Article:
Charles Fairley, Jr., was born in 1932 on the Mississippi Gulf Coast in Moss Point. He began playing saxophone at eight years old and received his first instrument, an alto saxophone, from his paternal uncle Ollie John “Boss” Tatum, who had worked in minstrel shows with artists including Bessie Smith. Fairley later received a tenor saxophone from his father, Charles, Sr.
Fairley recalls that the music scene in Moss Point took off in September of 1943, when a music teacher, Professor Jefferson, started a band (which included Fairley) at the Magnolia School. The group, Professor Jefferson and His 14 Swingsters, performed at local concerts and parades and played at clubs in Moss Point including the Knights of Pythias Park. At that venue, Fairley witnessed performances by groups including New Orleans-based orchestras led by Dave Bartholomew and Paul Gayten, and the Rhythm Aces from Bogalusa, Louisiana.
In the mid-’40s, Fairley lived for two years in Chicago, where he studied music and machinery, a skill he would apply two decades later. He returned to Moss Point, where he performed in local bands and graduated from high school in 1950. In November of that year, he made a successful audition in New Orleans with the band of Otis Ducker and played his first gig at the famous Dew Drop Inn backing blues shouter Big Joe Turner.
Fairley soon became a staple of the New Orleans R&B scene, using the Dew Drop Inn as his base. For two years beginning in 1953, he served in the military at Fort Lee in Virginia and performed in bands six nights a week both on base and in the greater Richmond area.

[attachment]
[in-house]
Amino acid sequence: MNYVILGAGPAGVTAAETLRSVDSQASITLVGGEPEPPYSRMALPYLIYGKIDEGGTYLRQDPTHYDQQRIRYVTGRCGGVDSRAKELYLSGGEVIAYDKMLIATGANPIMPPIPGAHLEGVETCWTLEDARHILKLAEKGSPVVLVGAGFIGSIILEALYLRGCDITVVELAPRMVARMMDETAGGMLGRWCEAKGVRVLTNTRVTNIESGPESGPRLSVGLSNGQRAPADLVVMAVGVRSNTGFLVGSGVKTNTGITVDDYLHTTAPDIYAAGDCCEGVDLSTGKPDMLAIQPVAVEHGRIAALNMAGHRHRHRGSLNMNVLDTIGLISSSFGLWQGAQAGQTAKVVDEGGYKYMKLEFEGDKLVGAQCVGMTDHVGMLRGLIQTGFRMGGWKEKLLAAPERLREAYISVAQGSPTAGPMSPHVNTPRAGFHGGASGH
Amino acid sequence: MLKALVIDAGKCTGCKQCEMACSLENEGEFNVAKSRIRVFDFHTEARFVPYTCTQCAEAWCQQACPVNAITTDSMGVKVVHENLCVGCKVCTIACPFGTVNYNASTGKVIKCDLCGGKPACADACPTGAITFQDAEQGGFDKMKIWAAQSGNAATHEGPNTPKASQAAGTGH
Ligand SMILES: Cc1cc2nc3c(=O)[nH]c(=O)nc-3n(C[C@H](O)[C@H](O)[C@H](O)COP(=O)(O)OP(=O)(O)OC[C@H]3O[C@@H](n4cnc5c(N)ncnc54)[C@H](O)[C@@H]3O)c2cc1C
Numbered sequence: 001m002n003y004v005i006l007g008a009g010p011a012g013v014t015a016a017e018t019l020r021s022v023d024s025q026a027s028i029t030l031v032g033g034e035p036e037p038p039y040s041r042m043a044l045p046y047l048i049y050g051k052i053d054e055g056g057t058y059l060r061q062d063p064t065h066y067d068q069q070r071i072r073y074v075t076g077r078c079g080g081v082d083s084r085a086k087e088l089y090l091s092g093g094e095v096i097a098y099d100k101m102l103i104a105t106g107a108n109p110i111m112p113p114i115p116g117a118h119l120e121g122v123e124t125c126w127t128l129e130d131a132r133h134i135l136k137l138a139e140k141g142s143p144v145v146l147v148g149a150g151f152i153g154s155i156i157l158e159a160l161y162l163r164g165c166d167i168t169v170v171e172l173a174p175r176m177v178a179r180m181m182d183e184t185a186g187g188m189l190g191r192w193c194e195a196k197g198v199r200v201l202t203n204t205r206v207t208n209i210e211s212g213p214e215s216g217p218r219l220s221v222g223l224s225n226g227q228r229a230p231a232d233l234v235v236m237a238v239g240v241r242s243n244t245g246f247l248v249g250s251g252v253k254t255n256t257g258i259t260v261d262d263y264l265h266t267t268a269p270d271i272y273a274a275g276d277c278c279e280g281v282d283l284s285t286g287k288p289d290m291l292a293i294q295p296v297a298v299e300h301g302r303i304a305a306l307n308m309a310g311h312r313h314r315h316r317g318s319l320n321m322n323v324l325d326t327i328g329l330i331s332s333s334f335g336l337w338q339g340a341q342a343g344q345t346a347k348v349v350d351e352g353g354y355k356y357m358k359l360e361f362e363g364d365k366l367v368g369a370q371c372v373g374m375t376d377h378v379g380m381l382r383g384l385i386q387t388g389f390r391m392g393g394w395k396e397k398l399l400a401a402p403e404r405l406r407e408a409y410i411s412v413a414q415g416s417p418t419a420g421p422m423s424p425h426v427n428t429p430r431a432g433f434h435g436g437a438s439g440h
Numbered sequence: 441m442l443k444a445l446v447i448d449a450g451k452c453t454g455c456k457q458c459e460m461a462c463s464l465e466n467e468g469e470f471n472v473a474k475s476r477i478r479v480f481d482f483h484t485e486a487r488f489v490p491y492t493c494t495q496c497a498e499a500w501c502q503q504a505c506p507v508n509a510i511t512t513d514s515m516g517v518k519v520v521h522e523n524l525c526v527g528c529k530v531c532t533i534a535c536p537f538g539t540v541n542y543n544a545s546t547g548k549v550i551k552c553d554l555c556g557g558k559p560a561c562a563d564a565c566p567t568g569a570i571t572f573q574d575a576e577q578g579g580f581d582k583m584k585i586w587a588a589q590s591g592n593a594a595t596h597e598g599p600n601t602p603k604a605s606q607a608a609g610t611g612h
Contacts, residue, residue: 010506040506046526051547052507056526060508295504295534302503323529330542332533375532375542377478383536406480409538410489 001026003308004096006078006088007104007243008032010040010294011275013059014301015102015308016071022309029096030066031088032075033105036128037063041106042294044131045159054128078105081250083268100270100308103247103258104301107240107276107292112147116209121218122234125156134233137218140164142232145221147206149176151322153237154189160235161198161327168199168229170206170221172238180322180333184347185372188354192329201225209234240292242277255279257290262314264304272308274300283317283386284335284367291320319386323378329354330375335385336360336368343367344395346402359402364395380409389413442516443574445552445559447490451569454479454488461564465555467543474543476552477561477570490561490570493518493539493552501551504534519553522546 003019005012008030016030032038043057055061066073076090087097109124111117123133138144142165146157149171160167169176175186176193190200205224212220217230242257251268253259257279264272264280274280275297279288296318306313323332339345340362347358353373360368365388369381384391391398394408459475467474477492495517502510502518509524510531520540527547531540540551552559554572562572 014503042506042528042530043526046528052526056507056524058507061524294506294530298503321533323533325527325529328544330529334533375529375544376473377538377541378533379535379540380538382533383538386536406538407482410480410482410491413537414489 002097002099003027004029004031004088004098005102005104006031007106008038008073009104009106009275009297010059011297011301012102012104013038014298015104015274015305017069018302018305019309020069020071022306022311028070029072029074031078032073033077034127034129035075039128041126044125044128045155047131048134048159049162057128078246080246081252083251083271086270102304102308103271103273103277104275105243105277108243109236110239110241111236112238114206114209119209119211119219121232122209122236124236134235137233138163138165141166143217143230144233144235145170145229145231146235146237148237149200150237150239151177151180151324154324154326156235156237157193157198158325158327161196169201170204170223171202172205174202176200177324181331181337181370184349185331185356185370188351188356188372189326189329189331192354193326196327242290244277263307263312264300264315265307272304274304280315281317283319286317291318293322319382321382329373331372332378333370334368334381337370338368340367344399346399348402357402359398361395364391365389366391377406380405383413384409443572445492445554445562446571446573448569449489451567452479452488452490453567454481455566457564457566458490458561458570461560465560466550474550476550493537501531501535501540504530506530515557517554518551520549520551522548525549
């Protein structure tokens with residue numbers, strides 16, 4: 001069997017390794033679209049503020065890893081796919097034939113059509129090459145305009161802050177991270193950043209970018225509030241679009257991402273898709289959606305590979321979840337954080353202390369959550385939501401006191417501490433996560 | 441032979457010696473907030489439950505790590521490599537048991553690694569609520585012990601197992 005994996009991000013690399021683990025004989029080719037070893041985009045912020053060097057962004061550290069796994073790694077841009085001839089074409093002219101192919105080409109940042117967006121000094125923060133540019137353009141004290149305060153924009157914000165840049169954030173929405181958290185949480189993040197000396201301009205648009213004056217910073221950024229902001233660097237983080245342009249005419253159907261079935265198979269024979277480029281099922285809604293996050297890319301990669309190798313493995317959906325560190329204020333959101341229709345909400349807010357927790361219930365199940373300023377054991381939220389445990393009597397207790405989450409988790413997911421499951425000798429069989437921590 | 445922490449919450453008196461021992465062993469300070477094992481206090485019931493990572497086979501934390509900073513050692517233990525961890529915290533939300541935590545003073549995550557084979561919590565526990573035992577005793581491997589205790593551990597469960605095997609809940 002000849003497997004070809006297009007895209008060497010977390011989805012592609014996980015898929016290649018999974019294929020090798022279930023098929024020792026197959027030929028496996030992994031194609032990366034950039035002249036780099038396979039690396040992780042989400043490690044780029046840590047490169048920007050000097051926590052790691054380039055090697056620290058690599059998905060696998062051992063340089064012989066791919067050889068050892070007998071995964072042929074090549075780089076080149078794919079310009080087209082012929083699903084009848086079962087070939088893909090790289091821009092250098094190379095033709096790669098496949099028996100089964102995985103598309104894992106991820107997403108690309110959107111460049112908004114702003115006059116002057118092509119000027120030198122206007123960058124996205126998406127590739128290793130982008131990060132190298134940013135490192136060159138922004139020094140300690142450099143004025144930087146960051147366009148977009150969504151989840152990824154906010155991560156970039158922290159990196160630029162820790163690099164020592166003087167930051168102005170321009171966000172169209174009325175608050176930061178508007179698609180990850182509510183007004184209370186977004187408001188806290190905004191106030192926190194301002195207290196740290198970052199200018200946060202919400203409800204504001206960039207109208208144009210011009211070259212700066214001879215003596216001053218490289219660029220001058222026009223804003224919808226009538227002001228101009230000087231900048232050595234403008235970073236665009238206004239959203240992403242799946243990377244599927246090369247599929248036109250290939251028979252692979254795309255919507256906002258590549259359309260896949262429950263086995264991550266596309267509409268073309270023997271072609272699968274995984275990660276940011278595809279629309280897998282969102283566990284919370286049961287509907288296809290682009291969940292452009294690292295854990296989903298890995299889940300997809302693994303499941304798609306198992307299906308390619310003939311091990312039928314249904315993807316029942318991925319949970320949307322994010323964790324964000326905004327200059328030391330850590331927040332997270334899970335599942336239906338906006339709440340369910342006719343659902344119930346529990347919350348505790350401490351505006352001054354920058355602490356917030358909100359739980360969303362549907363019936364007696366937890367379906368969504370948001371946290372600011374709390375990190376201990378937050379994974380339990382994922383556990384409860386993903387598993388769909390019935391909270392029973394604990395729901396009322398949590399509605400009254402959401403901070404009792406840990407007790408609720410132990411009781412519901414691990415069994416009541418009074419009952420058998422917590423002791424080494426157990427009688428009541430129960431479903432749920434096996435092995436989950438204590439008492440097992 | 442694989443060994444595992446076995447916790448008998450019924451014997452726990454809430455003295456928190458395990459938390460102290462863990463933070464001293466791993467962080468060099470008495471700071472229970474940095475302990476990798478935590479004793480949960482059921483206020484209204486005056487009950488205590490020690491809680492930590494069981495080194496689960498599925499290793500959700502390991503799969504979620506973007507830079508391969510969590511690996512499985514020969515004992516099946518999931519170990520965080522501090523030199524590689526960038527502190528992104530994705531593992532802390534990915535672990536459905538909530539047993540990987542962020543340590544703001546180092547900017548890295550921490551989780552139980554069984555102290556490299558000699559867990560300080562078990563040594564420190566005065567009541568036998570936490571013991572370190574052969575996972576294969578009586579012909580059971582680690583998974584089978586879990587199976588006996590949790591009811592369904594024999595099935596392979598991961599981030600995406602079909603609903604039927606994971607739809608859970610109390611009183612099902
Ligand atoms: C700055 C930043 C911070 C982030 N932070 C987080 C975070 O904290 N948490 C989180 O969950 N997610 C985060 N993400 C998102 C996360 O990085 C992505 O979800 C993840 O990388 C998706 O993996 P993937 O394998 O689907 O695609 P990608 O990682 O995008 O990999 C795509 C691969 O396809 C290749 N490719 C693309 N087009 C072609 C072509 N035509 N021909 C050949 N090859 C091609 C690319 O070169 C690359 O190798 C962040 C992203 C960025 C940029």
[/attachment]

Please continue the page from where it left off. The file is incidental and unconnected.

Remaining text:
In New Orleans Fairley worked with bands led by Guitar Slim, Boots Alexis, Al Miller, and Joe Jones, with whom he worked for two years. He also led his own group, which featured vocalist Helen Marina. These groups, usually booked by Percy Stovall, traveled extensively to military bases and Chitlin’ Circuit venues across the South. For nearly two years he worked with trumpeter Melvin Lastie at the Showbar on Bourbon Street, working six nights a week at a 3:15 am to 7:15 am gig that served as a popular jam session for local musicians. Although several other saxophonists dominated local recording sessions, Fairley appeared on records by artists including Eddie Bo, Art Neville, Huey “Piano” Smith, Mickey and Sylvia, Bobby [Hebb] and Sylvia, and the Mexican singer Tito Guizar.
In 1961 Fairley moved to Jackson to study music, and over the next seven years played with local artists including Sam Myers, Joe Dyson, Willie Silas, Jimmy King, Tommy Tate, and the Holly brothers (including Sherill, Bernard, and Kermit Holly, Jr.). During the ‘60s he spent much of his time on the road with soul artists Ted Taylor, Otis Redding, and Joe Tex. Fairley appeared on Tex’s hit single “Show Me” and toured nationally with Redding for nine months, playing venues including the Apollo Theater, and traveling to France.
In 1968 Fairley moved back permanently to Moss Point, and for the next 31 years worked in the shipbuilding business, initially as a fitter and later in office jobs. He continued to work as a musician four or five nights a week, performing with New Orleans R&B-oriented acts including Charlie V and the Personalities, The Night Riders, and Ray Fournier. He also continued to play occasionally with his old musical associates from Jackson. In the late ‘70s, Fairley recorded with the Southern rock group Sea Level, which included Allman Brothers drummer Johnny Lee “Jaimoe” Johnson, an Ocean Springs native, and Fairley’s “musical stepson.”
In 2003 Fairley was officially recognized by Moss Point with a key to the city, and the Ina Thompson Moss Point Library created the Charles Fairley Music Collection in his honor.